Chronic fatigue syndrome is a complex, multisystem disorder that may affect as many as 3.5 million Americans. For patients, getting a diagnosis can be a frustrating and lengthy process. But that may be changing. On February 20, 2015, an Institute of Medicine (IOM) committee of experts proposed new diagnostic criteria designed to make it easier for healthcare providers to identify patients with the disease. Additionally, the committee called for renaming chronic fatigue syndrome with a more descriptive term, systemic exertion intolerance disease (SEID), to reflect that symptoms worsen after exertion.
For a diagnosis of SEID, the committee proposed that 3 core symptoms be present:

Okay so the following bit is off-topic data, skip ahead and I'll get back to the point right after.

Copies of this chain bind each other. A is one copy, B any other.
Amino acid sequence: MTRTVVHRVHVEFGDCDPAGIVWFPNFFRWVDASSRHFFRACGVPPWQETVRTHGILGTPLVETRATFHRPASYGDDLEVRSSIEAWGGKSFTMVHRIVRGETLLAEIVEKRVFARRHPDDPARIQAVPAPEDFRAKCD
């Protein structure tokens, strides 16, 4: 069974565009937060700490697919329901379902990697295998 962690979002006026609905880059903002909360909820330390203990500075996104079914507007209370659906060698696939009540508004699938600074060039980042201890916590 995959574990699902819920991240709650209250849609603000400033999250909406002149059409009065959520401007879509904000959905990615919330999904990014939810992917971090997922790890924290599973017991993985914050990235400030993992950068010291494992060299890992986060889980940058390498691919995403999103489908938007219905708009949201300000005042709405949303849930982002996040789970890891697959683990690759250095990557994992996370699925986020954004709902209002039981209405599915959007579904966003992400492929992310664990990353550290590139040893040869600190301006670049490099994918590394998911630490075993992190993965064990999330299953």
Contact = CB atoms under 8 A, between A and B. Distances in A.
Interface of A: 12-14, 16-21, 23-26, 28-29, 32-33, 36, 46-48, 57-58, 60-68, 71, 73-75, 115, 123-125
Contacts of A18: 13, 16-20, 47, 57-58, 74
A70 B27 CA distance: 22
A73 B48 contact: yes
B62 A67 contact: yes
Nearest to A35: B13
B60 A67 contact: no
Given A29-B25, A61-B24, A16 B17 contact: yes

- A substantial reduction or impairment in the ability to engage in pre-illness levels of activity that lasts for more than 6 months and is accompanied by fatigue
- Post-exertional malaise
- Unrefreshing sleep
In addition, patients must demonstrate cognitive impairment or orthostatic intolerance, that is, difficulty maintaining an upright posture.
In developing these criteria, the committee performed a comprehensive review of the evidence and noted a paucity of research and methodologic limitations of the existing research base. Nevertheless, the committee expects the more focused diagnostic criteria to make it easier for clinicians to accurately diagnose patients more quickly.
You can read the entire report online or download a copy here.